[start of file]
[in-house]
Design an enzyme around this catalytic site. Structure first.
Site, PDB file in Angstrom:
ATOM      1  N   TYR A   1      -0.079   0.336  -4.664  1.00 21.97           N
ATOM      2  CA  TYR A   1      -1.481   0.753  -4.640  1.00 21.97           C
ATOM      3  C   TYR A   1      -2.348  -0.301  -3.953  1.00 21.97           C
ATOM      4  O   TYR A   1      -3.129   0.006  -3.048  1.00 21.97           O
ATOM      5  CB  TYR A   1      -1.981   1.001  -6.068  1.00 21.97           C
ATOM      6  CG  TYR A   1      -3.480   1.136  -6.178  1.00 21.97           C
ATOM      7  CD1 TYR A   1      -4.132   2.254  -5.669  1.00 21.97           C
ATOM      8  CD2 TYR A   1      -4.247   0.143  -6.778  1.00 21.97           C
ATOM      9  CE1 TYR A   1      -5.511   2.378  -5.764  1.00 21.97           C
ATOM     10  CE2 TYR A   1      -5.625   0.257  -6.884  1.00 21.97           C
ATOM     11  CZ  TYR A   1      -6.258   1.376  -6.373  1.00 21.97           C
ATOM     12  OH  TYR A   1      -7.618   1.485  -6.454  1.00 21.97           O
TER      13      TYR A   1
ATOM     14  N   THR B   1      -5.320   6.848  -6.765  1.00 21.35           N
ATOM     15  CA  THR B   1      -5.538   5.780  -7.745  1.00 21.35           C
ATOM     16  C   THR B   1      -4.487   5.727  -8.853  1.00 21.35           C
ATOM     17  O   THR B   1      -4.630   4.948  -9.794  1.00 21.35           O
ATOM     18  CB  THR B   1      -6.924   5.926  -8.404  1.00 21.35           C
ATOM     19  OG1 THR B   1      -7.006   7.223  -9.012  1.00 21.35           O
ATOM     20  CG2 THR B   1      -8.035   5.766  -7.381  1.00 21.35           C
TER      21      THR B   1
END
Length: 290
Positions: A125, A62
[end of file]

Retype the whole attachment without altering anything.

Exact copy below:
[in-house]
Design an enzyme around this catalytic site. Structure first.
Site, PDB file in Angstrom:
ATOM      1  N   TYR A   1      -0.079   0.336  -4.664  1.00 21.97           N
ATOM      2  CA  TYR A   1      -1.481   0.753  -4.640  1.00 21.97           C
ATOM      3  C   TYR A   1      -2.348  -0.301  -3.953  1.00 21.97           C
ATOM      4  O   TYR A   1      -3.129   0.006  -3.048  1.00 21.97           O
ATOM      5  CB  TYR A   1      -1.981   1.001  -6.068  1.00 21.97           C
ATOM      6  CG  TYR A   1      -3.480   1.136  -6.178  1.00 21.97           C
ATOM      7  CD1 TYR A   1      -4.132   2.254  -5.669  1.00 21.97           C
ATOM      8  CD2 TYR A   1      -4.247   0.143  -6.778  1.00 21.97           C
ATOM      9  CE1 TYR A   1      -5.511   2.378  -5.764  1.00 21.97           C
ATOM     10  CE2 TYR A   1      -5.625   0.257  -6.884  1.00 21.97           C
ATOM     11  CZ  TYR A   1      -6.258   1.376  -6.373  1.00 21.97           C
ATOM     12  OH  TYR A   1      -7.618   1.485  -6.454  1.00 21.97           O
TER      13      TYR A   1
ATOM     14  N   THR B   1      -5.320   6.848  -6.765  1.00 21.35           N
ATOM     15  CA  THR B   1      -5.538   5.780  -7.745  1.00 21.35           C
ATOM     16  C   THR B   1      -4.487   5.727  -8.853  1.00 21.35           C
ATOM     17  O   THR B   1      -4.630   4.948  -9.794  1.00 21.35           O
ATOM     18  CB  THR B   1      -6.924   5.926  -8.404  1.00 21.35           C
ATOM     19  OG1 THR B   1      -7.006   7.223  -9.012  1.00 21.35           O
ATOM     20  CG2 THR B   1      -8.035   5.766  -7.381  1.00 21.35           C
TER      21      THR B   1
END
Length: 290
Positions: A125, A62